Rather than talk about utopian ideals that we wish our school could live up to, my co-teacher and I decided to take a stance and do something about this.  We set up a meeting with the Director of Studies at our school so that we could share our ideas and concerns with him.  Our hope is that we can have training on this topic for the full faculty during faculty orientation prior to the start of our next academic year.  Perhaps we could bring a specialist to campus or simply have some discussions on the topic.  How can we be sure that every teacher is purposefully and meaningfully covering this topic within their curriculum?  How can we do a better job as a school of teaching these concepts to our students?  How can we make our community more accepting and inclusive?  We are hopeful that something can be put into place to bring about change at our fine institution so that we can become a school that helps students see themselves for who they are and can be proud to celebrate their identity without fear of persecution.

Posted in Boys, Challenges, Co-Teaching, Curriculum, Education, Grading, Humanities, Learning, Math, New Ideas, Objectives Based Grading, Reader's Workshop, Reflection, Sixth Grade, STEM, Student Conferences, Student Support, Students, Teaching, Trying Something New, Writer's Workshop, Writing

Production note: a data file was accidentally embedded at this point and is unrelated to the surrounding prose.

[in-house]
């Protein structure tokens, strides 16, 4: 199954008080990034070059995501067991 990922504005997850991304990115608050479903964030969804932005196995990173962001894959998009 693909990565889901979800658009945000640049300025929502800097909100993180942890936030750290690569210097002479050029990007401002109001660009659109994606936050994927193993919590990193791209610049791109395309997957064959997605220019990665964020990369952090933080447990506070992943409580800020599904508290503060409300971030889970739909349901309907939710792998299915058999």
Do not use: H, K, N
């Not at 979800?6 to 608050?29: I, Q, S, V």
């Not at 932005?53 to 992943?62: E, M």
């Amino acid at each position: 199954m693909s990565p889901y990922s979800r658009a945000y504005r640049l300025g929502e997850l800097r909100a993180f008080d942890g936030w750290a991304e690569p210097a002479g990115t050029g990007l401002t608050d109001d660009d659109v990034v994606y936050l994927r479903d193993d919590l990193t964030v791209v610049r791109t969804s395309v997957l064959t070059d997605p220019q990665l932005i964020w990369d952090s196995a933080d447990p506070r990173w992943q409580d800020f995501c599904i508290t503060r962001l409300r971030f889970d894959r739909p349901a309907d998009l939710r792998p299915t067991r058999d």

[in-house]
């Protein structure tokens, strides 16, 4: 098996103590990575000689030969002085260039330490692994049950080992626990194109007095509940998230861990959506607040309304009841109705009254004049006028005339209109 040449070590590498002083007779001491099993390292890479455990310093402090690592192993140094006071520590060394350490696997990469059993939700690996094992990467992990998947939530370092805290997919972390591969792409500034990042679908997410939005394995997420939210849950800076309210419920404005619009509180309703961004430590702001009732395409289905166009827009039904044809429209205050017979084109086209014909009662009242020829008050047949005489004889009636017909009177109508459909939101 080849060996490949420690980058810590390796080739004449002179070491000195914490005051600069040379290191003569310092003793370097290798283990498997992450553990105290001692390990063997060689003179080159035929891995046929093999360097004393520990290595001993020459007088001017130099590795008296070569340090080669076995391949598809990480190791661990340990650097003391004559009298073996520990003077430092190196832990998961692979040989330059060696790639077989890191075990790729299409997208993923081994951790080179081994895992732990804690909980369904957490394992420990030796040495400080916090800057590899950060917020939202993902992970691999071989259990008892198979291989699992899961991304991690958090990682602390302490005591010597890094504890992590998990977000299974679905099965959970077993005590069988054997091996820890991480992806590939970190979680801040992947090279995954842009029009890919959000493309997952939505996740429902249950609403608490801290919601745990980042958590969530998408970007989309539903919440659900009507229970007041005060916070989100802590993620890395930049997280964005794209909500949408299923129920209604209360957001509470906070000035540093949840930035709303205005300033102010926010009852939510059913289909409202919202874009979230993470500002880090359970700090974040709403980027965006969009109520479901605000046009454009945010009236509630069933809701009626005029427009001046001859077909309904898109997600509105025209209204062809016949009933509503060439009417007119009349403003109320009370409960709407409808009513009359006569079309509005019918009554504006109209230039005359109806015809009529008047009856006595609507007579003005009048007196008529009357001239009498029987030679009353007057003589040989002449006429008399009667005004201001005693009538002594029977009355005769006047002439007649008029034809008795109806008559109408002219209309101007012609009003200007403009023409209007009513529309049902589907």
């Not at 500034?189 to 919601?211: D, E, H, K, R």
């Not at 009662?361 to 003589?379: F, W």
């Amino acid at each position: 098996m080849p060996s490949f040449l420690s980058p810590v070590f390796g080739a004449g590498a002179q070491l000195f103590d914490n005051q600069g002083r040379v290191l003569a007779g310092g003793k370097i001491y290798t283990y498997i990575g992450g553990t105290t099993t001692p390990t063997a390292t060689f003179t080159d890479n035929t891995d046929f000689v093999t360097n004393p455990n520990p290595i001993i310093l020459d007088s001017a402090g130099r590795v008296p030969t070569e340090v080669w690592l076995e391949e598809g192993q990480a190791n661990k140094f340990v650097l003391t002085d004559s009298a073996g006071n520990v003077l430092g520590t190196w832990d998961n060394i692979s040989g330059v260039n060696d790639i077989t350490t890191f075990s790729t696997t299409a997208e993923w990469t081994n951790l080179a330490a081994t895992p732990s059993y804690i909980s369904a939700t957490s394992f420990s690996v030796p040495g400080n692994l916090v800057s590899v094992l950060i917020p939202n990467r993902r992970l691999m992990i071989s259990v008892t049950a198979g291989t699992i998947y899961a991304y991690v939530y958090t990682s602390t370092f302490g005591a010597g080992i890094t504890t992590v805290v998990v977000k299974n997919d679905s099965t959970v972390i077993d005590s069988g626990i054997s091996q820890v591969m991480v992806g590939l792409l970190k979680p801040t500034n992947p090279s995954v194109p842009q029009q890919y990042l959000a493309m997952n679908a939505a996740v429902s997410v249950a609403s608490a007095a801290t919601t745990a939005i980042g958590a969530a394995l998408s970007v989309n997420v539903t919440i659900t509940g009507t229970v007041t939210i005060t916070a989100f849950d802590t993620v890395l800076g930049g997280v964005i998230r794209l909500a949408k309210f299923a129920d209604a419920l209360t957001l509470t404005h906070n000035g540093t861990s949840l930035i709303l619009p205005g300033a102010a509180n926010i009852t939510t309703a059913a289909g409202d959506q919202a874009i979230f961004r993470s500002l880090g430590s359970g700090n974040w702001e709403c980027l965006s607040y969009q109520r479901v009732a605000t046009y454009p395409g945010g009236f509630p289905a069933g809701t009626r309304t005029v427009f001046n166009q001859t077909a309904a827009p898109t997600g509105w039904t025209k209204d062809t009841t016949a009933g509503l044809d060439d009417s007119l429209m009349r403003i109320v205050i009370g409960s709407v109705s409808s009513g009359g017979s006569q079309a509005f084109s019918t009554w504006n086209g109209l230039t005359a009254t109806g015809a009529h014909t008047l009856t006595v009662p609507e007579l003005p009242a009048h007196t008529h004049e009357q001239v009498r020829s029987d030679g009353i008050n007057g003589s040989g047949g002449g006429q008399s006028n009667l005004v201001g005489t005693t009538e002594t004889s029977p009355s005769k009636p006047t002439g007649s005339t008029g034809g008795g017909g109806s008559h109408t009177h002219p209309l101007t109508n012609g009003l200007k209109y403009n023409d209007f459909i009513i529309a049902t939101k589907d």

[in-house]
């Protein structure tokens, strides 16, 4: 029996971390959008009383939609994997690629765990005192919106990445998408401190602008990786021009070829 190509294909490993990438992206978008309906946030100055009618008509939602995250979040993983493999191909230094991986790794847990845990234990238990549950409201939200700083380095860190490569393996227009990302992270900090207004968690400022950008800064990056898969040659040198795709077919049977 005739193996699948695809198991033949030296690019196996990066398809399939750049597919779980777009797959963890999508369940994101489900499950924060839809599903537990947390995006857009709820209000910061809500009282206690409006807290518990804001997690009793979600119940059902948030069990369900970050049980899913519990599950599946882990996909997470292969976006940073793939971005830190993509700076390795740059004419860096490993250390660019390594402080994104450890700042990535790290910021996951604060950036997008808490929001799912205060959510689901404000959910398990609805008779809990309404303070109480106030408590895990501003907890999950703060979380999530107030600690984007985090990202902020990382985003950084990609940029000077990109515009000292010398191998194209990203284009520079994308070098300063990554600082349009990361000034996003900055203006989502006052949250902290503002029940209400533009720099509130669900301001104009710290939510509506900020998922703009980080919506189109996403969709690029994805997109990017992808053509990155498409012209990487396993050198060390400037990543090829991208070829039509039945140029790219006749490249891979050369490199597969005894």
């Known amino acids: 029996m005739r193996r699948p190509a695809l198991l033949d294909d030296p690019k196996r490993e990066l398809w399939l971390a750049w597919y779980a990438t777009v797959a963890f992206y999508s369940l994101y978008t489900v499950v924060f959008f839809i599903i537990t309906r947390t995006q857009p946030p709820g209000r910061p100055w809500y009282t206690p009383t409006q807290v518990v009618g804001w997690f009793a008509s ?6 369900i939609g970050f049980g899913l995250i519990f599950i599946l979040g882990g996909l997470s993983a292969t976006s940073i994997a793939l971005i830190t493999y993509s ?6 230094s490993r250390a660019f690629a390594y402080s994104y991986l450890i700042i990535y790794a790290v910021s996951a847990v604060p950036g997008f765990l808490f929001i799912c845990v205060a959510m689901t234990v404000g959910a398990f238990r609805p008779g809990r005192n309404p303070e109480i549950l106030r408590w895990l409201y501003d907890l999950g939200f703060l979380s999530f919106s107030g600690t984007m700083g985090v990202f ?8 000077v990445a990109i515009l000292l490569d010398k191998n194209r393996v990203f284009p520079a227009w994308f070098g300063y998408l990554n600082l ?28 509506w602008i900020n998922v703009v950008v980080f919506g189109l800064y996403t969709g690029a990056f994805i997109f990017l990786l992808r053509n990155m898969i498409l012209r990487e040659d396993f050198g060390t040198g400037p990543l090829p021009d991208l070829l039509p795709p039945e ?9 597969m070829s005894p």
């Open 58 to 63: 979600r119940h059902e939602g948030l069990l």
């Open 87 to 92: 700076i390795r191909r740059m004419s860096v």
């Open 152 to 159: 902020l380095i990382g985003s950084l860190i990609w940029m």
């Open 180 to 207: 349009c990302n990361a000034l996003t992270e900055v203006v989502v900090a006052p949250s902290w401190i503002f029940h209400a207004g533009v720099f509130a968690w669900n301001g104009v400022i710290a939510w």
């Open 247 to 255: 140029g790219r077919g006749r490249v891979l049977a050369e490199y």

Why I Love Teaching Sixth Grade

On this day of love, I find myself in a loving and reflective mood.  I am so grateful that I have been allowed to create such a strong sixth grade program over my years here at Cardigan.  Because the administrators at my school have faith in my abilities as an educator, I have been able to take risks, try new things, fail, try other new things, and develop a sixth grade program that best suits the needs of each of my students.  So, to celebrate this great freedom and amazing program I’ve been able to create over the years, I’ve devoted today’s blog entry to discussing the sixth grade program.

Introduction

Going through the adolescent stage of development is like being on a roller coaster without a seat belt.  When you flip upside down, you fall out of your seat unless you are holding on with everything you’ve got.  Each benchmark within adolescence brings new turns, curves, and loops.  Working with adolescent boys is like trying to dodge raindrops.  You can’t avoid the inevitable.  Craziness and chaos will ensue.  But heck, that’s why middle school teachers work with this age group.  We’re a little crazy too because we remember what it was like to be this age.